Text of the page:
Sum Less Maximum is Minimum

Theorem

For all numbers $a, b$ where $a, b$ in $\N, \Z, \Q$ or $\R$:

$a + b - \max \left({a, b}\right) = \min \left({a, b}\right)$.

Proof

From Sum of Maximum and Minimum we have that $a + b = \max \left({a, b}\right) + \min \left({a, b}\right)$.

Thus $a + b - \max \left({a, b}\right) = \min \left({a, b}\right)$ follows by subtracting $\max \left({a, b}\right)$ from both sides.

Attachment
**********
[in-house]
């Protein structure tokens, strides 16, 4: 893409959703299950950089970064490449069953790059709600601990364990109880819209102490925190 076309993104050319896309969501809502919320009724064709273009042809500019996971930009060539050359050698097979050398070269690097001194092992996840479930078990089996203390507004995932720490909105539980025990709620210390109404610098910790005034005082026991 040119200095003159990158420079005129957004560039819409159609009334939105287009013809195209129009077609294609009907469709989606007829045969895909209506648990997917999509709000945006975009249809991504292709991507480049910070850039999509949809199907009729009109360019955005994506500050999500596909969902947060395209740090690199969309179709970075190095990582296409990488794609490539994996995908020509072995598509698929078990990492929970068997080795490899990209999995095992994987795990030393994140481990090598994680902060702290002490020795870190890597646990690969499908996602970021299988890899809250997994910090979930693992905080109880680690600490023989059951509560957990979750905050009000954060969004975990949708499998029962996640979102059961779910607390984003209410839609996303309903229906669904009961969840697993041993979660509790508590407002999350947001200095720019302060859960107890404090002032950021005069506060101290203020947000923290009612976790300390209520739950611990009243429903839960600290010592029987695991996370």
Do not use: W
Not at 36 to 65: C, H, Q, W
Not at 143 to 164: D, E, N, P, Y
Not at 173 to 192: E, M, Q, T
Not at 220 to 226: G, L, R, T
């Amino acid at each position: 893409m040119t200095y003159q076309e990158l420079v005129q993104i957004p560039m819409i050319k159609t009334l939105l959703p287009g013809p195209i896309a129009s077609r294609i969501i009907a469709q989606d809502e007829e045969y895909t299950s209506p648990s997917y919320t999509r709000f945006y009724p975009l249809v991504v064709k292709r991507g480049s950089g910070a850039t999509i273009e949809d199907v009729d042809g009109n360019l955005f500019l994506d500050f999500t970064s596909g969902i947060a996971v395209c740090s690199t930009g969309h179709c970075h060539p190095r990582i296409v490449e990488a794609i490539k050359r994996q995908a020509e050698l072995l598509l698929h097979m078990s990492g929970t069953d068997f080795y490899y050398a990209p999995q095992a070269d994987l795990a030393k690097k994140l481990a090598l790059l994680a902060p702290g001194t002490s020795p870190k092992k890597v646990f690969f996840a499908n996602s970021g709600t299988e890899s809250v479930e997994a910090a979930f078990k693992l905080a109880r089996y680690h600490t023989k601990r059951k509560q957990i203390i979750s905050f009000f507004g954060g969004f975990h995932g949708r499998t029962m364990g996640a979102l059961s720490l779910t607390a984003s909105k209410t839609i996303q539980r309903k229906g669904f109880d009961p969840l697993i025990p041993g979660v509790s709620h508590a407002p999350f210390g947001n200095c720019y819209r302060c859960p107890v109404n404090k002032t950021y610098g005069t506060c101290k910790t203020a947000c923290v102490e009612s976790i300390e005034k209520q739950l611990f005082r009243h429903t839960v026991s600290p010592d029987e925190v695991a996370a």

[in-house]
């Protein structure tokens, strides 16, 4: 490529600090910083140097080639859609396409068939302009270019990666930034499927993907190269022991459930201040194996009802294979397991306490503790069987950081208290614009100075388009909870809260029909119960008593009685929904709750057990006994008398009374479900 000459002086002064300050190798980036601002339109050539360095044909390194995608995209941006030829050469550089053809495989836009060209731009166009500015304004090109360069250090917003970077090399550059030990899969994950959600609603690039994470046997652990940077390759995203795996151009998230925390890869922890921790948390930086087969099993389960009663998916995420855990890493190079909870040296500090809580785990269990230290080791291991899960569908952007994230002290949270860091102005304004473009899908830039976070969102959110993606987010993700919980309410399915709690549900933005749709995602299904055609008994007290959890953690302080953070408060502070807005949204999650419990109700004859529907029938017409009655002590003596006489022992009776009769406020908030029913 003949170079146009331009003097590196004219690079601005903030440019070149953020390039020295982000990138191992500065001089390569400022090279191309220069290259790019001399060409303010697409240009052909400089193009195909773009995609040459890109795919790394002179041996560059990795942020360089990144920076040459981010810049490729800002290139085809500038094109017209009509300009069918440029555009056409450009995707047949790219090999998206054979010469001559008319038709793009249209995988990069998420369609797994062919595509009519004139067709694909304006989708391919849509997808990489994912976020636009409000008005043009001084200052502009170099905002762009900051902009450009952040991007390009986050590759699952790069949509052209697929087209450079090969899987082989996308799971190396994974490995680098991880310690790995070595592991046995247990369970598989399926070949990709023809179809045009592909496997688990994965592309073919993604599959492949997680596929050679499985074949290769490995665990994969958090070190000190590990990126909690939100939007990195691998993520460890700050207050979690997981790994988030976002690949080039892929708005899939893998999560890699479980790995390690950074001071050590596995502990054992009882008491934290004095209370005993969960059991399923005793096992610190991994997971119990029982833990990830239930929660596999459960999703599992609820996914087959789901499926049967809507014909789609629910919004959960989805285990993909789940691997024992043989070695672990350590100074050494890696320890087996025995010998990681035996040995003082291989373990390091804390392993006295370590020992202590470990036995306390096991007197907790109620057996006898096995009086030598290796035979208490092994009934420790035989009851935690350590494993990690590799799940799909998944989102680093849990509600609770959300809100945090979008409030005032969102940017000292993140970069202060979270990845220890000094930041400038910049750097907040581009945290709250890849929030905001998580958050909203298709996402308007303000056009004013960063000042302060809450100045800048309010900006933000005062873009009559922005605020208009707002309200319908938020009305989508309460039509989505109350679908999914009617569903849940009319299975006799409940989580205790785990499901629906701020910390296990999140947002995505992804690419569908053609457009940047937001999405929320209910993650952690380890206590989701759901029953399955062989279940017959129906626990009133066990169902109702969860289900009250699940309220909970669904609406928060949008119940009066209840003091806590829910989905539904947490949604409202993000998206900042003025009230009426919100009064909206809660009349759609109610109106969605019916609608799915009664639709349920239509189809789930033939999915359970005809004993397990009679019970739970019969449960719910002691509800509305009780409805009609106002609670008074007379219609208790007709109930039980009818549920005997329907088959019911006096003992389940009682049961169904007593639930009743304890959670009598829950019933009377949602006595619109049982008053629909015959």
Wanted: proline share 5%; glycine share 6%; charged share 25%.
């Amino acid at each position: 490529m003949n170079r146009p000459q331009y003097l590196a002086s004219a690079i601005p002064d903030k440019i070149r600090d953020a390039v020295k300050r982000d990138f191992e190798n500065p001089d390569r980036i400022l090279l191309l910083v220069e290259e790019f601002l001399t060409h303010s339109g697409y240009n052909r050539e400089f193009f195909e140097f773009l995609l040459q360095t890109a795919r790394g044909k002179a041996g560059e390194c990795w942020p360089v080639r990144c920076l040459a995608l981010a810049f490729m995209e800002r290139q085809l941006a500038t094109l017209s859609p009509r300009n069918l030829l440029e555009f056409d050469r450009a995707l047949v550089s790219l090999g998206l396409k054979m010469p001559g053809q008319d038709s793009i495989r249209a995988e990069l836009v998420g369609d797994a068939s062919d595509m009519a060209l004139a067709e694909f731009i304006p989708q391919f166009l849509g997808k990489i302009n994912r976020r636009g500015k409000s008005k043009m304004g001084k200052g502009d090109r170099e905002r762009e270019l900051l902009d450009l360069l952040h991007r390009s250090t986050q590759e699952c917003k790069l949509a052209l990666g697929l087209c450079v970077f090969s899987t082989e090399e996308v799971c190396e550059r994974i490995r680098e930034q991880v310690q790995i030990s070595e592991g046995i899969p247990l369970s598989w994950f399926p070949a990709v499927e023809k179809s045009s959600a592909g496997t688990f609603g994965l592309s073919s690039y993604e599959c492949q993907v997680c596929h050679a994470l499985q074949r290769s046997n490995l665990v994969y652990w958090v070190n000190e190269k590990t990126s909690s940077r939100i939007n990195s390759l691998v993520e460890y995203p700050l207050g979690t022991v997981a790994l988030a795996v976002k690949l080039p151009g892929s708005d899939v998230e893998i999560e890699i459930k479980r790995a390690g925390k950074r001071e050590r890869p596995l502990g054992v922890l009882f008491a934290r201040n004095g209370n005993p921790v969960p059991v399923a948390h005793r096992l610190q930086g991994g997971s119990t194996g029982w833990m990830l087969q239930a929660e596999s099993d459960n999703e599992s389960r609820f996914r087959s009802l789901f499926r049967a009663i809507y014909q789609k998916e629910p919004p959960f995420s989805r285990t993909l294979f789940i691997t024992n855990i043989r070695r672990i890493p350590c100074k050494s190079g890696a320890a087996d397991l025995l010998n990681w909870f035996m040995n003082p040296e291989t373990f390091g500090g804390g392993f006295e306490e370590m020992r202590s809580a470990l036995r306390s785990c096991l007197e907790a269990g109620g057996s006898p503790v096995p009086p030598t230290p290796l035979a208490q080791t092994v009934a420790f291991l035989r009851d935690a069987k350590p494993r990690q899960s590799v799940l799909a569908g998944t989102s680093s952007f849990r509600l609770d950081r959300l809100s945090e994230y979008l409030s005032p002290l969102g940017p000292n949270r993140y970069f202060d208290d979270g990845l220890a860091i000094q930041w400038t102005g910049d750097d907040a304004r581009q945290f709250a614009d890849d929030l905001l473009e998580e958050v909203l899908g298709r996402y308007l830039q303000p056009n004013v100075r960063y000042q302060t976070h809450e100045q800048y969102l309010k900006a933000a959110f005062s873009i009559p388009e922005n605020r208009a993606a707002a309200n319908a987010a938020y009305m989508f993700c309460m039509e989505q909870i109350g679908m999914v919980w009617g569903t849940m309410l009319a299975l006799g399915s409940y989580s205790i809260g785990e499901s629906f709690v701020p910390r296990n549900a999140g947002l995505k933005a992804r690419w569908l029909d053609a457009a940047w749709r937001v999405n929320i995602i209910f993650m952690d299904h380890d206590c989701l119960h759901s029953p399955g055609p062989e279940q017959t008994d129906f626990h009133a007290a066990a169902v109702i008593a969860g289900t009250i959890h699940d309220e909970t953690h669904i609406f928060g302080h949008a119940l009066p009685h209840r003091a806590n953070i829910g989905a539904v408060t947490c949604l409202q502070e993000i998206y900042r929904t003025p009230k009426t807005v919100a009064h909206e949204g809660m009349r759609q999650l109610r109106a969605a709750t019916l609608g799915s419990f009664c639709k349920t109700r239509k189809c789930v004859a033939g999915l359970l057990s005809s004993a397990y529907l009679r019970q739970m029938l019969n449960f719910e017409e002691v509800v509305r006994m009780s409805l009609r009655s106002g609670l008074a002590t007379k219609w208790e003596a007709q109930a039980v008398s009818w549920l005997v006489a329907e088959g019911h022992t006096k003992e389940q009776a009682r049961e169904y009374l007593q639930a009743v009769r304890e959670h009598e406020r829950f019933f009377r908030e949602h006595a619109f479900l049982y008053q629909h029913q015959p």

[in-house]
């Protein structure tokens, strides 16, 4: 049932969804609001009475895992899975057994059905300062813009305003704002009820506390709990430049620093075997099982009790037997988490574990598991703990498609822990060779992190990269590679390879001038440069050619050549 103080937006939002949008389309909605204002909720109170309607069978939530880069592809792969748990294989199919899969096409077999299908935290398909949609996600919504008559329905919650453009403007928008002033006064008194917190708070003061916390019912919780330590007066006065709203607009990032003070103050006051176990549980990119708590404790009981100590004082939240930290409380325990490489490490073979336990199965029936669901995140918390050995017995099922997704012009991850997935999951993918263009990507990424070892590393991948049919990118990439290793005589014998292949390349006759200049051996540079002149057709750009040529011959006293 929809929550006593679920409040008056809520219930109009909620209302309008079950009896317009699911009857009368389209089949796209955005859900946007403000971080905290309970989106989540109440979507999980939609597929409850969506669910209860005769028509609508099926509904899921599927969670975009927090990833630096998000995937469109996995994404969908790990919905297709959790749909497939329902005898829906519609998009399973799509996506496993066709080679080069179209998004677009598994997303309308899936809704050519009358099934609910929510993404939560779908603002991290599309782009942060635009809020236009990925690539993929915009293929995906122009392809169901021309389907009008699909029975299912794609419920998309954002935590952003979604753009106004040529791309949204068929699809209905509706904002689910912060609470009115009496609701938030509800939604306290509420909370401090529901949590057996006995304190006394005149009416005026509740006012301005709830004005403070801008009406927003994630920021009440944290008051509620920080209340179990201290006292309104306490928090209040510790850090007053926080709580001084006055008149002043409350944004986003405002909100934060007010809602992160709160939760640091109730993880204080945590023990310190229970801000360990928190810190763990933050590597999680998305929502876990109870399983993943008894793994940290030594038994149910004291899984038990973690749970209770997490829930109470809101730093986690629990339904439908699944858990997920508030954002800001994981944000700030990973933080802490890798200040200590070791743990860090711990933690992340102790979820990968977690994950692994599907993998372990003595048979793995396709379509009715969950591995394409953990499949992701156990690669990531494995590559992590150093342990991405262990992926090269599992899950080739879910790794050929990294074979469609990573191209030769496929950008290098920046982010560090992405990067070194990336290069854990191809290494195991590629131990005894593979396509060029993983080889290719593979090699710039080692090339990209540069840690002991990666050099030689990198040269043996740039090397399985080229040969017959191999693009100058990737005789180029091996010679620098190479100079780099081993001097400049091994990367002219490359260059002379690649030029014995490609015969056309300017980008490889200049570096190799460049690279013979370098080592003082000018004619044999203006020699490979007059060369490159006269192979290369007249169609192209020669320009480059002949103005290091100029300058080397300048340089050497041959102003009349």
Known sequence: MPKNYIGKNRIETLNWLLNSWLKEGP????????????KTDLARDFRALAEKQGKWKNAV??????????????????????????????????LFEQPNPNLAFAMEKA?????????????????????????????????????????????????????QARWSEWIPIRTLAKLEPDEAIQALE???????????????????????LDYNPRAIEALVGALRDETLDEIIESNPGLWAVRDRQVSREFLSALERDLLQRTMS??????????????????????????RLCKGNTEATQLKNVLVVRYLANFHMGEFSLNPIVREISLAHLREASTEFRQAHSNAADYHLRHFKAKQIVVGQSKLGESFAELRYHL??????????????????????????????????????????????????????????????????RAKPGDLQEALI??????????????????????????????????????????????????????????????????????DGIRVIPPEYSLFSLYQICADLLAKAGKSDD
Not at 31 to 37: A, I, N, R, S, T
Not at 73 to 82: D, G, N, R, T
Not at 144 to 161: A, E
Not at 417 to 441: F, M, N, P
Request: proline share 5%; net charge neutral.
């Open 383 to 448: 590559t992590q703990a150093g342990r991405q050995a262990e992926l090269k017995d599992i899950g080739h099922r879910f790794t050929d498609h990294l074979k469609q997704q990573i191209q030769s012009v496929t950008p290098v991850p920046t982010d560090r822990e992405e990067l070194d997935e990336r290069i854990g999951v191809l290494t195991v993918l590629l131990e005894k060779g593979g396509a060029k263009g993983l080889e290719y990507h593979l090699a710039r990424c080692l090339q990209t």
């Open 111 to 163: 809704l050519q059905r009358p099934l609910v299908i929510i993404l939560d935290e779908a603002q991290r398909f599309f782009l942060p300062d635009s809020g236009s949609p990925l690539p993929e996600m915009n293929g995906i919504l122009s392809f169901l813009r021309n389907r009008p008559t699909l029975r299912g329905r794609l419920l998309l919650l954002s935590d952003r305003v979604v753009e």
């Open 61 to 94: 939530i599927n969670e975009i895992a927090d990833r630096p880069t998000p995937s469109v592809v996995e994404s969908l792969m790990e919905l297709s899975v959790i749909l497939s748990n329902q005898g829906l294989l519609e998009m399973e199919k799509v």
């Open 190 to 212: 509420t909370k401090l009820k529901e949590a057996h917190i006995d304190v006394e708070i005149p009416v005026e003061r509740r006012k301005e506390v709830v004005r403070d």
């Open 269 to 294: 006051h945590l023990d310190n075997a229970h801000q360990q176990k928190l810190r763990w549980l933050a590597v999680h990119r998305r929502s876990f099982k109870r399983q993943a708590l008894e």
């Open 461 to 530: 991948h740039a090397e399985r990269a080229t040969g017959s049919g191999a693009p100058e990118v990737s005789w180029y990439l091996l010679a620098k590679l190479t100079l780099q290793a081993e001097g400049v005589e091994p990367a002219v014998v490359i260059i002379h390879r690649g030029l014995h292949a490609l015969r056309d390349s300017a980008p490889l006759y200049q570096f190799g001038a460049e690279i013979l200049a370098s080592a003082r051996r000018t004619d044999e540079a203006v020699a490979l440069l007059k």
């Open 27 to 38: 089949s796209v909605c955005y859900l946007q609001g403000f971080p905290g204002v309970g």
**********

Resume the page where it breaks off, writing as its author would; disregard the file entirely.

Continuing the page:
It is clear that this result applies when $a, b$ in $\Z, \Q$ or $\R$, as subtraction is well-defined throughout those number sets.

However, it can be seen to apply in $\N$ as well, despite the fact that $n - m$ is defined on $\N$ only when $n \ge m$.

This is because the fact that $a + b \ge \max \left({a, b}\right)$ follows immediately again from $a + b = \max \left({a, b}\right) + \min \left({a, b}\right)$.

$\blacksquare$